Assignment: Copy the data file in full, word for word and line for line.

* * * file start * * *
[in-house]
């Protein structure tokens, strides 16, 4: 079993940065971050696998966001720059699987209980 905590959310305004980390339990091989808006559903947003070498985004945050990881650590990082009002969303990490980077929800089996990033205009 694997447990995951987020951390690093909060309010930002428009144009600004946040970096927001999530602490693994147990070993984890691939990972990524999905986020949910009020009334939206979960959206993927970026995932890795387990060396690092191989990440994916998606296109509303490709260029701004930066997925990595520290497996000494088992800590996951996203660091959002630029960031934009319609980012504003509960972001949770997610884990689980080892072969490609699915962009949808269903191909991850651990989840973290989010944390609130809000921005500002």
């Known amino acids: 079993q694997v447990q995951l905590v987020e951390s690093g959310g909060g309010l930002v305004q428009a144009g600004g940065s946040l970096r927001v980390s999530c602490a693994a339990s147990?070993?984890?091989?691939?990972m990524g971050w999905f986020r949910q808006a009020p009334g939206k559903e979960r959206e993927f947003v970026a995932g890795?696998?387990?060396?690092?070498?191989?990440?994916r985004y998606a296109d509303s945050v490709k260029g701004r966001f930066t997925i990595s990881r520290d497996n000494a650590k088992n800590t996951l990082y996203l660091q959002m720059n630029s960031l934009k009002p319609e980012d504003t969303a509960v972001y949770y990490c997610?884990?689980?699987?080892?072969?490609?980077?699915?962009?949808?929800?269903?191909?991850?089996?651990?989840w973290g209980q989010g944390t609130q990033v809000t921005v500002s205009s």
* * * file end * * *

[in-house]
């Protein structure tokens, strides 16, 4: 079993940065971050696998966001720059699987209980 905590959310305004980390339990091989808006559903947003070498985004945050990881650590990082009002969303990490980077929800089996990033205009 694997447990995951987020951390690093909060309010930002428009144009600004946040970096927001999530602490693994147990070993984890691939990972990524999905986020949910009020009334939206979960959206993927970026995932890795387990060396690092191989990440994916998606296109509303490709260029701004930066997925990595520290497996000494088992800590996951996203660091959002630029960031934009319609980012504003509960972001949770997610884990689980080892072969490609699915962009949808269903191909991850651990989840973290989010944390609130809000921005500002």
């Known amino acids: 079993q694997v447990q995951l905590v987020e951390s690093g959310g909060g309010l930002v305004q428009a144009g600004g940065s946040l970096r927001v980390s999530c602490a693994a339990s147990?070993?984890?091989?691939?990972m990524g971050w999905f986020r949910q808006a009020p009334g939206k559903e979960r959206e993927f947003v970026a995932g890795?696998?387990?060396?690092?070498?191989?990440?994916r985004y998606a296109d509303s945050v490709k260029g701004r966001f930066t997925i990595s990881r520290d497996n000494a650590k088992n800590t996951l990082y996203l660091q959002m720059n630029s960031l934009k009002p319609e980012d504003t969303a509960v972001y949770y990490c997610?884990?689980?699987?080892?072969?490609?980077?699915?962009?949808?929800?269903?191909?991850?089996?651990?989840w973290g209980q989010g944390t609130q990033v809000t921005v500002s205009s």